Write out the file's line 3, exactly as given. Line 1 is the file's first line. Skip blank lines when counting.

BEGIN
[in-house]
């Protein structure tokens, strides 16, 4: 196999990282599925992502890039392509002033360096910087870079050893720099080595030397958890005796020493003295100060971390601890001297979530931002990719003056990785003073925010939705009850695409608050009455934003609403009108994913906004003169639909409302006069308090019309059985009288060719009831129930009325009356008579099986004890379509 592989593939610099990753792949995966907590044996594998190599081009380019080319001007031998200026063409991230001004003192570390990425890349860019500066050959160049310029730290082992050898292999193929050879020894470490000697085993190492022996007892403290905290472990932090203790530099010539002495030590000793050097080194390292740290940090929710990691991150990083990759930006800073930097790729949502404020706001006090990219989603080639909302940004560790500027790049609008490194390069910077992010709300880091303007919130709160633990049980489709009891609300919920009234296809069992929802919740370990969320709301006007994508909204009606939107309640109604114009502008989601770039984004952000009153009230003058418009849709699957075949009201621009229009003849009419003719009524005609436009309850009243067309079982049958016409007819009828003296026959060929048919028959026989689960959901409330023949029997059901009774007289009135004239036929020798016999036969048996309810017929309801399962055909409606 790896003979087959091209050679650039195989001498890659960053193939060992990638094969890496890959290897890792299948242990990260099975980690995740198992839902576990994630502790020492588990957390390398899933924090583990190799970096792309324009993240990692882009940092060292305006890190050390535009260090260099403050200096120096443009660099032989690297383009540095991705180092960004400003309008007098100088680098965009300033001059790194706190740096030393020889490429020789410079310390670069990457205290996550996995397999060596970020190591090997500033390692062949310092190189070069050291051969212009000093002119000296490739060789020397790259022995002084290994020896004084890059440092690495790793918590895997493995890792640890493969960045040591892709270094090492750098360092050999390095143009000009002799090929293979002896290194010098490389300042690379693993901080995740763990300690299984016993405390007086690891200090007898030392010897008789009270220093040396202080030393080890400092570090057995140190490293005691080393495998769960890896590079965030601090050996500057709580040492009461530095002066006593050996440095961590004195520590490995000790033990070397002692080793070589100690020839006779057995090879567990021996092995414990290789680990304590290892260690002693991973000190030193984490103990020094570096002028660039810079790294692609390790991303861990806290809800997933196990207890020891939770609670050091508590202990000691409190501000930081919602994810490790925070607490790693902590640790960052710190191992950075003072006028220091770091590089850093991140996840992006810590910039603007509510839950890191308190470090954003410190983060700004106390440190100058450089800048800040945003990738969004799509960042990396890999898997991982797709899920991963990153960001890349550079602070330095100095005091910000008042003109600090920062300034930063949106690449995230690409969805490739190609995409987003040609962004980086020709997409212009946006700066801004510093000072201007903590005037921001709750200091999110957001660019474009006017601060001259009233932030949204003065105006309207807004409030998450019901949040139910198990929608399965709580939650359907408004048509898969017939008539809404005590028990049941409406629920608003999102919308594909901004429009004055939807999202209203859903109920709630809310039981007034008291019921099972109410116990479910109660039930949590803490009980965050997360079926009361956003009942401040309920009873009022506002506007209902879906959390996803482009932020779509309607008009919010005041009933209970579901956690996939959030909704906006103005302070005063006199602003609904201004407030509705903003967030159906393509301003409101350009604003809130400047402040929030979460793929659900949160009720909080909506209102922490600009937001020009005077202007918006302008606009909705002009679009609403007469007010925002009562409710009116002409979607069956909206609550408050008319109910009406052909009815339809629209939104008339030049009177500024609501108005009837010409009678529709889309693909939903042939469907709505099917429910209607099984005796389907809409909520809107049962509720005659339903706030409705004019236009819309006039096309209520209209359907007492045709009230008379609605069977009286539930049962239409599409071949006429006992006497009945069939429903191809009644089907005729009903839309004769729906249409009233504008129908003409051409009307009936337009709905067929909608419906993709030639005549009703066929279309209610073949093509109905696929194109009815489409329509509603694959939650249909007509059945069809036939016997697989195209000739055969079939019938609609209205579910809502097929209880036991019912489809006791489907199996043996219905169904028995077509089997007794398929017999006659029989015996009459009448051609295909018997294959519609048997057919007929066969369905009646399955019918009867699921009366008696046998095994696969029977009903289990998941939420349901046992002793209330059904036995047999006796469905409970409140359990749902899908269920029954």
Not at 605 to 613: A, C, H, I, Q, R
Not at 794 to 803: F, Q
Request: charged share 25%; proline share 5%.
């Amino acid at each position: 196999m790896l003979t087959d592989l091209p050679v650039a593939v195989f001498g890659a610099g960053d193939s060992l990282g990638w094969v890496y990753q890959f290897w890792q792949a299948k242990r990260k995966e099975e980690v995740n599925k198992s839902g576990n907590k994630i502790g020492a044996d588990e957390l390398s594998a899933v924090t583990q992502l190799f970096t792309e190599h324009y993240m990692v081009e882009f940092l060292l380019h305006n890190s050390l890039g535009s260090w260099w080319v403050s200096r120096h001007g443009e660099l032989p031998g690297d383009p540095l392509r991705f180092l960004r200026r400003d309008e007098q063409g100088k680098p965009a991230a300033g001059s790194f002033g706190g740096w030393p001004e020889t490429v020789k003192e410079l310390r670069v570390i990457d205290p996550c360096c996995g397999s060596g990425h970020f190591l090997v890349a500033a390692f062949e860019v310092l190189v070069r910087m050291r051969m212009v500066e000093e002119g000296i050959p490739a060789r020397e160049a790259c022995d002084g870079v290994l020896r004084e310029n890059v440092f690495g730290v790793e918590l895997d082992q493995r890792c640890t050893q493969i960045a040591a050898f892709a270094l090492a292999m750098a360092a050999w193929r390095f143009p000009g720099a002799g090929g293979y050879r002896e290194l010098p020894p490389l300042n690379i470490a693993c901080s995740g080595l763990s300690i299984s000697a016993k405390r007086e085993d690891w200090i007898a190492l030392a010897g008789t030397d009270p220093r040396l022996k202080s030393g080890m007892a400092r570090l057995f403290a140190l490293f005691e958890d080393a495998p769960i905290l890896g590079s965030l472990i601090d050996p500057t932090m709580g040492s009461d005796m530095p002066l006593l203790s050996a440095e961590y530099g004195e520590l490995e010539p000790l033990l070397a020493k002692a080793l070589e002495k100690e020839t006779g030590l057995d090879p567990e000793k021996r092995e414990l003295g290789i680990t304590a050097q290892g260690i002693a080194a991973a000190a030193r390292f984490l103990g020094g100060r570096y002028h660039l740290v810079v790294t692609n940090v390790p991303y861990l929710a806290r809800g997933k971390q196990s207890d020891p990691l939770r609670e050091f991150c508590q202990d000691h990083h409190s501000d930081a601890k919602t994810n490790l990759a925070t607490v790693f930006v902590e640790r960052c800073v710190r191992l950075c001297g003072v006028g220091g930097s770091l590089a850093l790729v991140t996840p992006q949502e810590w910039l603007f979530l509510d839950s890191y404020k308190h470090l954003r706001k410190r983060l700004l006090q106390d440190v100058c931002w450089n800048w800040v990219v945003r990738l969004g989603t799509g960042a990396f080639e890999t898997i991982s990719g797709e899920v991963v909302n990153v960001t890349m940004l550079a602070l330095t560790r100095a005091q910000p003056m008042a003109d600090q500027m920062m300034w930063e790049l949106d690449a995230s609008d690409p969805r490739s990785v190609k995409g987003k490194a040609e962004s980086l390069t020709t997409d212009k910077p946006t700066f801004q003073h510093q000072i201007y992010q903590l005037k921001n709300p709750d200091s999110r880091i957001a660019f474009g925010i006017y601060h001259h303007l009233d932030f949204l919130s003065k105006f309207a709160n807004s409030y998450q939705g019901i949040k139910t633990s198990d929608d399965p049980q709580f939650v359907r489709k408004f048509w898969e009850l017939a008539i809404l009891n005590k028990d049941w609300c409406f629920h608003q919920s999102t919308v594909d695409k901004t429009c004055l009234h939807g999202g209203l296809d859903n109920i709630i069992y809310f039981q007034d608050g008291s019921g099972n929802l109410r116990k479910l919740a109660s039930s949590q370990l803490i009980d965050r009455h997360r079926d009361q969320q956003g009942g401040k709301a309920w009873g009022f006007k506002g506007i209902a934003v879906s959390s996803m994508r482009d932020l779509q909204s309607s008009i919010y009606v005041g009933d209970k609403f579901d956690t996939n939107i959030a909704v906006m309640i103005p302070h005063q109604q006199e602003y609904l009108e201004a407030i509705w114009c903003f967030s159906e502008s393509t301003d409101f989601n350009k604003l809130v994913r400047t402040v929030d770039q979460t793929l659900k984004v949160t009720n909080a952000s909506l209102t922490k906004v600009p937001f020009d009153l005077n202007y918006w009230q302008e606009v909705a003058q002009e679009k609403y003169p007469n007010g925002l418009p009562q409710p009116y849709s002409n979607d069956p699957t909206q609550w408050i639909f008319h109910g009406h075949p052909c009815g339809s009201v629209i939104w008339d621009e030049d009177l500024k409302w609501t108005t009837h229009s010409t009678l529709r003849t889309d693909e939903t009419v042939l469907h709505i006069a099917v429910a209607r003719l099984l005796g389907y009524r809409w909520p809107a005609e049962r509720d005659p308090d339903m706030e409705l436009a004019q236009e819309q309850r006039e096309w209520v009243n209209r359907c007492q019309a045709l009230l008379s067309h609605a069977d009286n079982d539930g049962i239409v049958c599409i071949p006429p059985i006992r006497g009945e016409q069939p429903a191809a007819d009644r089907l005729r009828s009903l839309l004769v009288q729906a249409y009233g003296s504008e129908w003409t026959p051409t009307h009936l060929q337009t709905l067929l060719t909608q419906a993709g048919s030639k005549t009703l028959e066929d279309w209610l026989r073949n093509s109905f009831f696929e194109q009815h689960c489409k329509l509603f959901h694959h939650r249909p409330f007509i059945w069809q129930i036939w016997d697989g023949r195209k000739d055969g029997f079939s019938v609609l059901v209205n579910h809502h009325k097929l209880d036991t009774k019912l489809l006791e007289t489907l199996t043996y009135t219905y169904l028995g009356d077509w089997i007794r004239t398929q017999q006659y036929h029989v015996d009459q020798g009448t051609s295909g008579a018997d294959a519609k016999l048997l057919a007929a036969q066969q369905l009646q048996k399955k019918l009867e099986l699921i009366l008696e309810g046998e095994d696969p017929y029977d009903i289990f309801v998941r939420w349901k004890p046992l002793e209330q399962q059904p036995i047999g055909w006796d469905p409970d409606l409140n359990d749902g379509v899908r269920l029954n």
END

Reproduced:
Not at 605 to 613: A, C, H, I, Q, R